cerrar mensajeInformación importante sobre cookies

Este sitio web utiliza cookies propias y de terceros para dar un mejor servicio. Las cookies no se utilizan para recoger información de carácter personal.

Si continúa navegando se considera que acepta su uso.Para más información visite nuestra política de cookies.


Within space stations, a particularly interesting program is COSPAS-SARSAT, an international humanitarian program devoted to searching and rescuing people in danger. COSPAS-SARSAT uses a satellite system to detect and locate signals emitted by emergency radio beacons installed on boats and aircraft, or carried by people. Its objective is to support all existing organizations in the World with searching and rescuing operations, in sea, air or land, and reducing the time required to detect and locate SAR events.

On the right, the COSPAS-SARSAT antenna in Maspalomas

On the 31st May of 1991, the Council of Ministers of the Spanish Government approved the incorporation of Spain into the COSPAS-SARSAT program, as a provider of ground segment. INTA was established as the responsible agency for fulfilling the commitments. Spain has participated in this program since the 1st January 1993 detecting and distributing alerts from the COSPAS-SARSAT Mission Control Center in Spain (SPMCC), located in the Maspalomas station. From its creation in 1982 onwards, the program has saved more than 31,000 human lives. Since Spain started collaborating in the project in 1993, Maspalomas Control Center, in 551 operations, has contributed to the rescue of 9,127 people and provided support for rescuing 2,222 people in the area which is under Spanish responsibility (Spain and 19 African countries). Moreover, outside this area, it has provided support for the rescue of 6,905 people.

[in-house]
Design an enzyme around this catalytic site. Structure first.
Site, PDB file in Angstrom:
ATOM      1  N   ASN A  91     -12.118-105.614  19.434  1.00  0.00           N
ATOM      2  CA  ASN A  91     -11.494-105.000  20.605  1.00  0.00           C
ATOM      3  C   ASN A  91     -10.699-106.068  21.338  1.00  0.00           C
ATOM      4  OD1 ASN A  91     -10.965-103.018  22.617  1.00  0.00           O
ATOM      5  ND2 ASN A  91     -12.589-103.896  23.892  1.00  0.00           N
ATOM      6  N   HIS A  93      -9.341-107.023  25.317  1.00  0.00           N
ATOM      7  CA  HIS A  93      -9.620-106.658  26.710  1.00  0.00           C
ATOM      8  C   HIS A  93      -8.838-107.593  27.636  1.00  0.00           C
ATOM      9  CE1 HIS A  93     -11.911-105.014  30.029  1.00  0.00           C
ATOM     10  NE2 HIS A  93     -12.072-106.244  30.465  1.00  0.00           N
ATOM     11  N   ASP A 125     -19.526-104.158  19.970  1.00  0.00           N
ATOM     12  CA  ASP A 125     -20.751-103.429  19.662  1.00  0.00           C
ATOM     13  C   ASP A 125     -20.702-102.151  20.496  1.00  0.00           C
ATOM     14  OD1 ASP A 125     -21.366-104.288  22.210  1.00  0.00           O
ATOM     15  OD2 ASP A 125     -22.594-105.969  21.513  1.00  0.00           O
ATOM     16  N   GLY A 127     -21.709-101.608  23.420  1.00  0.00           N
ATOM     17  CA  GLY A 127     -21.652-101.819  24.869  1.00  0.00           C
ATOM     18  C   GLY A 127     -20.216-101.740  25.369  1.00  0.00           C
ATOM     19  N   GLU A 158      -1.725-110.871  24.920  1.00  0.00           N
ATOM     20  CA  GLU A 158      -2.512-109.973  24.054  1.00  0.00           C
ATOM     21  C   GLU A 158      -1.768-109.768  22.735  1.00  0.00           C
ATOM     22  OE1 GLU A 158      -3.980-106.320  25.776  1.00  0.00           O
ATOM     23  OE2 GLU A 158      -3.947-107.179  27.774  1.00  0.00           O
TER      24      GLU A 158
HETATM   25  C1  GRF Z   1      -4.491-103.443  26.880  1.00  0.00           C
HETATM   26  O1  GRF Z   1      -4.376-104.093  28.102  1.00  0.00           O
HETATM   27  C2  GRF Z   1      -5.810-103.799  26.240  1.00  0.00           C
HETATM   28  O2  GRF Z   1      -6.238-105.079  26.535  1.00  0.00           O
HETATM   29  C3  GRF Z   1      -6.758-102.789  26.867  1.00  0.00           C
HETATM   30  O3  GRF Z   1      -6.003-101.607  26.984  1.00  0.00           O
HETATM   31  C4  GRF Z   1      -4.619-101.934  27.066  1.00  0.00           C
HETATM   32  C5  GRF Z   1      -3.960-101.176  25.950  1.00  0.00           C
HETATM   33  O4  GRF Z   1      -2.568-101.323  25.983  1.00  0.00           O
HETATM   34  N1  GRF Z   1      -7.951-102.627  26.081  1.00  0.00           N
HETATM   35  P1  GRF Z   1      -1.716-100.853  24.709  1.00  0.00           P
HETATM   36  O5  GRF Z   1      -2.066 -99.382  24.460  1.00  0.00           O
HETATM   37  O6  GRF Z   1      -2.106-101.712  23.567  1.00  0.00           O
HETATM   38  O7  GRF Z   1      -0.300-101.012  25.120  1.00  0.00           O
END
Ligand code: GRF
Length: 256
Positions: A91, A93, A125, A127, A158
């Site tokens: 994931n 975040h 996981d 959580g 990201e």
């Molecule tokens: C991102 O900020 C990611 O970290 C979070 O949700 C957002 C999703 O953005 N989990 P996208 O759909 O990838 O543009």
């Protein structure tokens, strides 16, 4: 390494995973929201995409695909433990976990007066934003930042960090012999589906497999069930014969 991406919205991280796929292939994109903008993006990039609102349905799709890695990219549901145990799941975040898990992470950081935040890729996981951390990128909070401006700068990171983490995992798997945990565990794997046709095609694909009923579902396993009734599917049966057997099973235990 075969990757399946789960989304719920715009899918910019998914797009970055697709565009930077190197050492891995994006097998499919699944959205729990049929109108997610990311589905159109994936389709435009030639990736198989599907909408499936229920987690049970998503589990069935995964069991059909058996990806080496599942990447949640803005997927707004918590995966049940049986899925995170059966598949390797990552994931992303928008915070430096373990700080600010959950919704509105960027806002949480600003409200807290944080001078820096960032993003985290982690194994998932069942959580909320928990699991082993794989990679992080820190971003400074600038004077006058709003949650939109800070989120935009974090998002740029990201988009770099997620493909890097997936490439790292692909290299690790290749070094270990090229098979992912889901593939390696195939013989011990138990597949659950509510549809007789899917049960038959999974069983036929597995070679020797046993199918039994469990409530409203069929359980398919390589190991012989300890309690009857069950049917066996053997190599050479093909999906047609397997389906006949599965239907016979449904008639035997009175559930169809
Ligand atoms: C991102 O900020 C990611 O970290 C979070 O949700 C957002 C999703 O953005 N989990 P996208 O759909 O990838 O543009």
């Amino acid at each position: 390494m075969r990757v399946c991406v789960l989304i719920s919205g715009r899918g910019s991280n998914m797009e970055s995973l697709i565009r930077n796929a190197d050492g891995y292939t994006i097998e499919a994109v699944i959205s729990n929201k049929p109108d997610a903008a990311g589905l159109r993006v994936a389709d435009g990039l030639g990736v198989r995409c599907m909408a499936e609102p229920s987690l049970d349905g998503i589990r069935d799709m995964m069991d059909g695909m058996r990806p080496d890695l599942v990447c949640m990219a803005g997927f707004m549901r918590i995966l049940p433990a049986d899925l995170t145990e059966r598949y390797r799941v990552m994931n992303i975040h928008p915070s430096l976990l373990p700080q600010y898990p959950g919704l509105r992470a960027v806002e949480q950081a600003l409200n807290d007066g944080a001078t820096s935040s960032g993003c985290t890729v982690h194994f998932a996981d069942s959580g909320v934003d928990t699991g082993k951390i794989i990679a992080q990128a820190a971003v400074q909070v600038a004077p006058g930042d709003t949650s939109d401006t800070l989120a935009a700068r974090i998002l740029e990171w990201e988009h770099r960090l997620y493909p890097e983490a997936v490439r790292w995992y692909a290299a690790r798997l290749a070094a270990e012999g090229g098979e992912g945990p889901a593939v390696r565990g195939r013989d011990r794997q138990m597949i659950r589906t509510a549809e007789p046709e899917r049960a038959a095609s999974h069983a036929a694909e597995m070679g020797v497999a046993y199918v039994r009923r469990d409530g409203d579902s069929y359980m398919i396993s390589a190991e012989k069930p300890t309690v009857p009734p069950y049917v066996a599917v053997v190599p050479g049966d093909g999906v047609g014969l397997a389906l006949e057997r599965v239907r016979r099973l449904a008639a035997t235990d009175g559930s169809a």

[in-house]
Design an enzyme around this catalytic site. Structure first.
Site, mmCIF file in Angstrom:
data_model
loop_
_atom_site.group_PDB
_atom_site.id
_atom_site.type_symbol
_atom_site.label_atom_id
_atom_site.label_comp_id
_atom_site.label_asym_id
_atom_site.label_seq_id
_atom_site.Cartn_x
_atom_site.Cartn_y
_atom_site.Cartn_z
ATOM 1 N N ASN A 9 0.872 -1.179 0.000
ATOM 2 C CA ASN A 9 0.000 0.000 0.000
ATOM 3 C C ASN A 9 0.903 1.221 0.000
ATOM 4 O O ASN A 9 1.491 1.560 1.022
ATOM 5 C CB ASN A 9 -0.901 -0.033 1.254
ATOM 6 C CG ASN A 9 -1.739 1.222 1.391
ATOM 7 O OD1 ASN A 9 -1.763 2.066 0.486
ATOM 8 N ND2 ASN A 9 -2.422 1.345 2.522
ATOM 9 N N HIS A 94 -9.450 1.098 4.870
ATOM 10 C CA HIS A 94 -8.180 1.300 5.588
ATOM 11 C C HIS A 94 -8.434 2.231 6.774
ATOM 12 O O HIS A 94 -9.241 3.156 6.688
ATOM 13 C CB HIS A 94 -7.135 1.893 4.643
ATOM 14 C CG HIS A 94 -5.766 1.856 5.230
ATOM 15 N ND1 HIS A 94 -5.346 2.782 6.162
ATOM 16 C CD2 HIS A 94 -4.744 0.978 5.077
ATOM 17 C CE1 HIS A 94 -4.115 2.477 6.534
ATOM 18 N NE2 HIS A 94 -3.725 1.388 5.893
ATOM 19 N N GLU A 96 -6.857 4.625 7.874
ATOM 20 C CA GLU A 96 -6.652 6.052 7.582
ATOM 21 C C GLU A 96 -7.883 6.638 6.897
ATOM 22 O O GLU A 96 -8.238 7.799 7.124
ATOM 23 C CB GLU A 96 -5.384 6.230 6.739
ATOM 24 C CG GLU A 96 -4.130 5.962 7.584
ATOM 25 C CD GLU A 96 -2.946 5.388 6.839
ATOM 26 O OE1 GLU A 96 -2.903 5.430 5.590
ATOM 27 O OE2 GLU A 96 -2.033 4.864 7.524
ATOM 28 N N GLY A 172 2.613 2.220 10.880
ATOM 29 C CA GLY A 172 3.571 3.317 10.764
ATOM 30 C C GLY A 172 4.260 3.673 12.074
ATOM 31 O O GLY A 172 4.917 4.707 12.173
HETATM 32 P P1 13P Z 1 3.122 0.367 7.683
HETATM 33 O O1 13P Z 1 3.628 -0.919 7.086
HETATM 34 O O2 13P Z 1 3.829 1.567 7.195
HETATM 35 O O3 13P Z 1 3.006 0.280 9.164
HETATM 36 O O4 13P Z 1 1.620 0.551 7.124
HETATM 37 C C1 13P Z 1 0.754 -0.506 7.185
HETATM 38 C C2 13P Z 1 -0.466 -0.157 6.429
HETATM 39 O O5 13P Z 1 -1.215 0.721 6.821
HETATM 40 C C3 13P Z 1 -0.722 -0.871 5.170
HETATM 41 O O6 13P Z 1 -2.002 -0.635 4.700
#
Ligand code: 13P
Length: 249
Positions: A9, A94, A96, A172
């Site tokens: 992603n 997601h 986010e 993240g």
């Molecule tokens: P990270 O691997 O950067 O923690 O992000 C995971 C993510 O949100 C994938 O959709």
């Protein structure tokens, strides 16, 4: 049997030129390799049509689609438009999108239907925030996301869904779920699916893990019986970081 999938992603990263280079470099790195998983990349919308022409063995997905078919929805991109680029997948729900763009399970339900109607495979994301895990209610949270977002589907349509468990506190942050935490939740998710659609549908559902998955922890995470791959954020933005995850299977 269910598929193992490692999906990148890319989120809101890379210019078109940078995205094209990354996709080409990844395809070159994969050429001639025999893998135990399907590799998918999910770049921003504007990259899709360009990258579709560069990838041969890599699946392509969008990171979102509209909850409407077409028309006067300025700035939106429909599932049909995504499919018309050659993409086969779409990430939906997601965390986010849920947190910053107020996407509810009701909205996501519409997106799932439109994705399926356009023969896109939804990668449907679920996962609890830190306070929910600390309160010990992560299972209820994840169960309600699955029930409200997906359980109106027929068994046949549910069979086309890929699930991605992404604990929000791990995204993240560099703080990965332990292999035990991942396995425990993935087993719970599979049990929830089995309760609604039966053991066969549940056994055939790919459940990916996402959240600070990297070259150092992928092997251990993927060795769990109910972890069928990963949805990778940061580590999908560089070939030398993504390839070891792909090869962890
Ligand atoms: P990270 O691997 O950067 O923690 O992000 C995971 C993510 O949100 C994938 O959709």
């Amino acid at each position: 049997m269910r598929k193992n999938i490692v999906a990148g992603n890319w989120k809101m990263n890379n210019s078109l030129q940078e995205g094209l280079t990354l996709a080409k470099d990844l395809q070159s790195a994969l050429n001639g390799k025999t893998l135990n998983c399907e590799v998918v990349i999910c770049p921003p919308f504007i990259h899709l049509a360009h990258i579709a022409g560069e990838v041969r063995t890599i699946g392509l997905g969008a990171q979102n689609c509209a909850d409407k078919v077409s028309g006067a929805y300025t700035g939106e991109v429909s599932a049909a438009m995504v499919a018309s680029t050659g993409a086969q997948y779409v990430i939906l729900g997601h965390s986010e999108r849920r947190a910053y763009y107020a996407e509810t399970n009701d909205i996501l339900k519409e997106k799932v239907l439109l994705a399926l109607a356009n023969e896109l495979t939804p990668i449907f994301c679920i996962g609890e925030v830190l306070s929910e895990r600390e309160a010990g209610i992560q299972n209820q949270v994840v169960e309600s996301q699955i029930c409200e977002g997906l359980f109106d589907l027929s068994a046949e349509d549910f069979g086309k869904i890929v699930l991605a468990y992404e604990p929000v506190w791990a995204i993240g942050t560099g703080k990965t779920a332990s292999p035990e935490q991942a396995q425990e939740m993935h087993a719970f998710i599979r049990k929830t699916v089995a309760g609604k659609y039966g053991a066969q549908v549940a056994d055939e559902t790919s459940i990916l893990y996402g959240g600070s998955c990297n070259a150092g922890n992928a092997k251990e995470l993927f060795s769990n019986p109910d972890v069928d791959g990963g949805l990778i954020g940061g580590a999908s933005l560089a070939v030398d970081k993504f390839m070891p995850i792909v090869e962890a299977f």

In order to carry out all the tasks involved in detecting and locating alerts, the COSPAS-SARSAT Spanish Center has three of the 78 reception and processing stations integrated in the system: a LEOLUT station for low-orbit satellite; COSPAS-SARSAT satellites; and two stations GEOLUTs for geostationary satellites, GOES and MSG.